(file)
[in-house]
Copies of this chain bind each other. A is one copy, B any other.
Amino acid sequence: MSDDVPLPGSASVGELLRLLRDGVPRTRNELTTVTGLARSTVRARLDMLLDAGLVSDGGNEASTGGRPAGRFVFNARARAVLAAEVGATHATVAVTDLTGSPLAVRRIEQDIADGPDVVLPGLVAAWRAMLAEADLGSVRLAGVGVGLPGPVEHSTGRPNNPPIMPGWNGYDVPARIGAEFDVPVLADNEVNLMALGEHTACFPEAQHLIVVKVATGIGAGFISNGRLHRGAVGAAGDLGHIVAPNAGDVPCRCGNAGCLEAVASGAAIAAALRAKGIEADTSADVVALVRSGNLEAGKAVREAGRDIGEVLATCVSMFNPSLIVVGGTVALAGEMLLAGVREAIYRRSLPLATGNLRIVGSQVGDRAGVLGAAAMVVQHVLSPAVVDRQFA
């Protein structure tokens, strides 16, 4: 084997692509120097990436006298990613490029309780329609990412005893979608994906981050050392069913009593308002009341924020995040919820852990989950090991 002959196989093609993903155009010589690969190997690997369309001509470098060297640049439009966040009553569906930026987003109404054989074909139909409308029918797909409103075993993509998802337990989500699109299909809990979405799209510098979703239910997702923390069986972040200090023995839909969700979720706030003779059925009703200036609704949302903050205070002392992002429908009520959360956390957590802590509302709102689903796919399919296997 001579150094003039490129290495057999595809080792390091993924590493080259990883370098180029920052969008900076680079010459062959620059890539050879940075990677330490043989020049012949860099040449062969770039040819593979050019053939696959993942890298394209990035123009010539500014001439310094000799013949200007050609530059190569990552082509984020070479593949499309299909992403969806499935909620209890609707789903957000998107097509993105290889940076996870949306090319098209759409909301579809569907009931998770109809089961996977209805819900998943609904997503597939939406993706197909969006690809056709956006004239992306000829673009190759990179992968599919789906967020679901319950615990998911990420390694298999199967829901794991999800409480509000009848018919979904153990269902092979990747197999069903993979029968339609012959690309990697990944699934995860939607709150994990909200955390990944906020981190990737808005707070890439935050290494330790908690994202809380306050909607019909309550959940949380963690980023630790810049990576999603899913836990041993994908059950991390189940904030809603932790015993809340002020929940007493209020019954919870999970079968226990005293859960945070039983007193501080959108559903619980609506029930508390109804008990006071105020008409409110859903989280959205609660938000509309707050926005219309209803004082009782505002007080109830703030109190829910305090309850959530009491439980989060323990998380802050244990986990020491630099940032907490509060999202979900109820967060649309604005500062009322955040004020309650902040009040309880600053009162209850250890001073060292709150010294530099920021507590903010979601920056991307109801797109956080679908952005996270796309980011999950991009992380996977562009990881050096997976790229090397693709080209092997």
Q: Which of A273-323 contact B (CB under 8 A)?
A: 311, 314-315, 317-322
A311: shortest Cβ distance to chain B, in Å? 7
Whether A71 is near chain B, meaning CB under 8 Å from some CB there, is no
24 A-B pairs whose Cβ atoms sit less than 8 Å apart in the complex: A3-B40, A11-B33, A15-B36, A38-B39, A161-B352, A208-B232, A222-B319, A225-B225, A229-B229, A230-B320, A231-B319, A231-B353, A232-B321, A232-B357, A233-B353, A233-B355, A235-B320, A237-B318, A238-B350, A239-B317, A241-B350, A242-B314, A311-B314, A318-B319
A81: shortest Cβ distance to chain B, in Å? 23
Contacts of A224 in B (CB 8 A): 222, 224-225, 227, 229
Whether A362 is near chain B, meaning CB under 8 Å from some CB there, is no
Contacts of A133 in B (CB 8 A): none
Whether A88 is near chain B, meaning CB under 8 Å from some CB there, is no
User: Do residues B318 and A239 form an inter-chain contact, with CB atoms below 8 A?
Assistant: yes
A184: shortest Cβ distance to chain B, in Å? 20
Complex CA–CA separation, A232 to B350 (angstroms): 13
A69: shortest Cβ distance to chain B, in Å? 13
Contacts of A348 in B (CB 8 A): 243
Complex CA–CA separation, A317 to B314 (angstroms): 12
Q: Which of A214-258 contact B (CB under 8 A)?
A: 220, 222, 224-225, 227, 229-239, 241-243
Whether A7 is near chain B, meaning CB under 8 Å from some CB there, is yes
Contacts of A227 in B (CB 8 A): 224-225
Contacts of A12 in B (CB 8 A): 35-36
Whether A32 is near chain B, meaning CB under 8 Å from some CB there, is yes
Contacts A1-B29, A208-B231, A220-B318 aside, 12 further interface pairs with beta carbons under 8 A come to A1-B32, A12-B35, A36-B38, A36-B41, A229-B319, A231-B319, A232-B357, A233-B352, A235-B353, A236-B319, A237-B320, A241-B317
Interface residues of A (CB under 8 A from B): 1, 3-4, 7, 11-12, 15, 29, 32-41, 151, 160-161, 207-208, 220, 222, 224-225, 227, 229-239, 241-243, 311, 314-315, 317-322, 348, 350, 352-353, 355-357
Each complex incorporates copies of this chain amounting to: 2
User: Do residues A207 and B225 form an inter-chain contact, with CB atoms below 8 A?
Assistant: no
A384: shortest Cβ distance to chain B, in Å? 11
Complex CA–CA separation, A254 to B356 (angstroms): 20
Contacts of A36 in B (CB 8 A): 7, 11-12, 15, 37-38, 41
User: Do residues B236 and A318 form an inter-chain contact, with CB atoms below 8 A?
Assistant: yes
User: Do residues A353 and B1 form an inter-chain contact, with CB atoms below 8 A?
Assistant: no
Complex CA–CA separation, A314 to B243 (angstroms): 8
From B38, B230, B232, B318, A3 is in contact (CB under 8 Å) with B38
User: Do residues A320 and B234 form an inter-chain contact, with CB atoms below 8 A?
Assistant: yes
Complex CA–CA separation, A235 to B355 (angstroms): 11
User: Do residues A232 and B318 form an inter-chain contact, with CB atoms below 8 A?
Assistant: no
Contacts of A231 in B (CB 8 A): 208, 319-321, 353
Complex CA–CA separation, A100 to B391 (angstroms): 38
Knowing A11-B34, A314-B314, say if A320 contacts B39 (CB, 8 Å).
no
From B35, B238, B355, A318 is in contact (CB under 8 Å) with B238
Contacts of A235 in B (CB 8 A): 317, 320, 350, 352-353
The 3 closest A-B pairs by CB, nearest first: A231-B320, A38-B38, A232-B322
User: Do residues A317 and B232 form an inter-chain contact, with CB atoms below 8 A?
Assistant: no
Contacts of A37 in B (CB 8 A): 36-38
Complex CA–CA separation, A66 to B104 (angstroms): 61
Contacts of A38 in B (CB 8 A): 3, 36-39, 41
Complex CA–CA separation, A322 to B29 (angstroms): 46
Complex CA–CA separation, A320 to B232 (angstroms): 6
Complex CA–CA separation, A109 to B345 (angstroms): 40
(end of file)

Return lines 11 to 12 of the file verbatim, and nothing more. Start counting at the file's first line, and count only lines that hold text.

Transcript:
Contacts of A224 in B (CB 8 A): 222, 224-225, 227, 229
Whether A362 is near chain B, meaning CB under 8 Å from some CB there, is no